Re-thinking Charles the Martyr, by Fr. Sam Keyes

This Saturday past I took the rare opportunity to attend the Annual Mass of the Society of King Charles the Martyr, held at All Saints, Ashmont. (All Saints is, by the way, a delightful Anglo-Catholic parish with a wonderful choir ministry with boys from the neighborhood.) I’ve never had any particular devotion to Charles. I confess that I went — and I probably wasn’t the only one — for the spectacle of it all. Strange as they can be (and SKCM is probably the strangest, from most perspectives), there is something deeply appealing about these old Catholic societies in Anglicanism. It thrills me that they exist at all, and that they continue to exist.

via Re-thinking Charles the Martyr, by Fr. Sam Keyes.

For a longer treatment, check out this article from The Living Church archive.

mitt-and-lucille

Obligatory Election Post

I originally posted this in 2008 and indicated that it was more fitting for the 2000 election.  It may be applicable again come Tuesday:

While it was certainly much more applicable in 2000, I always like to share this selection from my fellow Ashevillan Thomas Wolfe‘s O Lost (the original, longer version of Look Homeward Angel) during election season:

“Oliver Gant had cast his first vote in Baltimore.  It was for Ulysses Grant.  Now he rode southward under the threatening mutter of a new civil war.  Two men named Hayes and Tilden had contested the Presidency with a spirited exchange of vitriol.  Mr. Tilden had been given the most votes, but Mr. Hayes had been given the Presidency.  And the rabble whose large intelligence had ordained this miracle now stood shirtily around with opened mouths, or went bawling through the streets by torch light in pursuit of the lucid simplicities of democratic government.” (O Lost, p27 )

O Lost: A Story of the Buried Life – Google Book Search.

O Lost

Look Homward Angel

 

Baathism: An Obituary / The End Of An Ideology | The New Republic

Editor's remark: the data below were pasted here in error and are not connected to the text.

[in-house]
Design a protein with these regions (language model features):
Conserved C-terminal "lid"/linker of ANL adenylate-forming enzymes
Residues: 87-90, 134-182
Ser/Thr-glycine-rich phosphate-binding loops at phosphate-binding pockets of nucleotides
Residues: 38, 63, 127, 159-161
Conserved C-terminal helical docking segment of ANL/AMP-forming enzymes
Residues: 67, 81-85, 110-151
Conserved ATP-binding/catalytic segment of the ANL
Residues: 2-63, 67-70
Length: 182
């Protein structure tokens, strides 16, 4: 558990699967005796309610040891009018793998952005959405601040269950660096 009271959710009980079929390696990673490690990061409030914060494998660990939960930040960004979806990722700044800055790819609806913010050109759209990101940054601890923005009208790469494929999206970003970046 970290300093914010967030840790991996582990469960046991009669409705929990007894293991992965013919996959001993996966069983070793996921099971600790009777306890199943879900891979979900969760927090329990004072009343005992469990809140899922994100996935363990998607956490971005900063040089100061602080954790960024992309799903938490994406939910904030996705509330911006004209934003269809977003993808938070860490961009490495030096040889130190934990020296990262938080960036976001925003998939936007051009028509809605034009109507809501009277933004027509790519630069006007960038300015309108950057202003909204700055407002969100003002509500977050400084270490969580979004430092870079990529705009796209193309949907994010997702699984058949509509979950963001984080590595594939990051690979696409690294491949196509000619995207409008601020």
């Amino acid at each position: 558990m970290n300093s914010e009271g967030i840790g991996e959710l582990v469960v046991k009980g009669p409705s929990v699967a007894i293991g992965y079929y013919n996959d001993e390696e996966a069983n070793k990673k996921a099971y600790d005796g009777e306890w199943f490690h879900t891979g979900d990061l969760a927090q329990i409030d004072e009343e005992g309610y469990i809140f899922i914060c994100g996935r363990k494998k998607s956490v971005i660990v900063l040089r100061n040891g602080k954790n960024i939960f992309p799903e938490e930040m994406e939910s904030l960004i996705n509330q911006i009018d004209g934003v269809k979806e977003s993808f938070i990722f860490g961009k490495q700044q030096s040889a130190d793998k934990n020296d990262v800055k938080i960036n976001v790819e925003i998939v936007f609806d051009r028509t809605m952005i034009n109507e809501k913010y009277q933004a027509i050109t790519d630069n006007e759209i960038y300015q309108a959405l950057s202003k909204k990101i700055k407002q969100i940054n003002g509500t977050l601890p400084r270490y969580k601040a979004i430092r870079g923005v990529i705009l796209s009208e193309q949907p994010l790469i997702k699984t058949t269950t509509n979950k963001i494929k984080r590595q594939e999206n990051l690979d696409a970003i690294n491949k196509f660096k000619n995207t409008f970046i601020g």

IT IS CHEERING to reflect that, when Bashar Al Assad’s government finally collapses in Syria, the governing ideology known as Baathism will likewise undergo a massive setback—though whether Baathism will fade away without a trace is something we can doubt. Baathism is one of the last of the grandiose revolutionary ideologies of the mid-twentieth century—an ideology like communism and fascism in Europe (both of which exercised a large influence on Baathist thinking), except in an Arab version suitable for the age of decolonization. Its champions came to power not only in Syria but in Iraq, in both cases in the 1960s; and the consequences were not of the sort that leave people unchanged.

via Baathism: An Obituary / The End Of An Ideology | The New Republic.

Hat tip to: @socialtrinity for directing me to this.

William Porcher DuBose

August 18th is the commemoration of William Porcher DuBose in the Episcopal Church Calendar. As a graduate of the University of the South School of Theology, I have a particular affection for DuBose. I’ve particularly been enjoying his book The Gospel in the Gospels recently.  Below is the collect, as well as the background piece from Holy Women, Holy Men, followed by a quotation from The Gospel in the Gospels.

Collect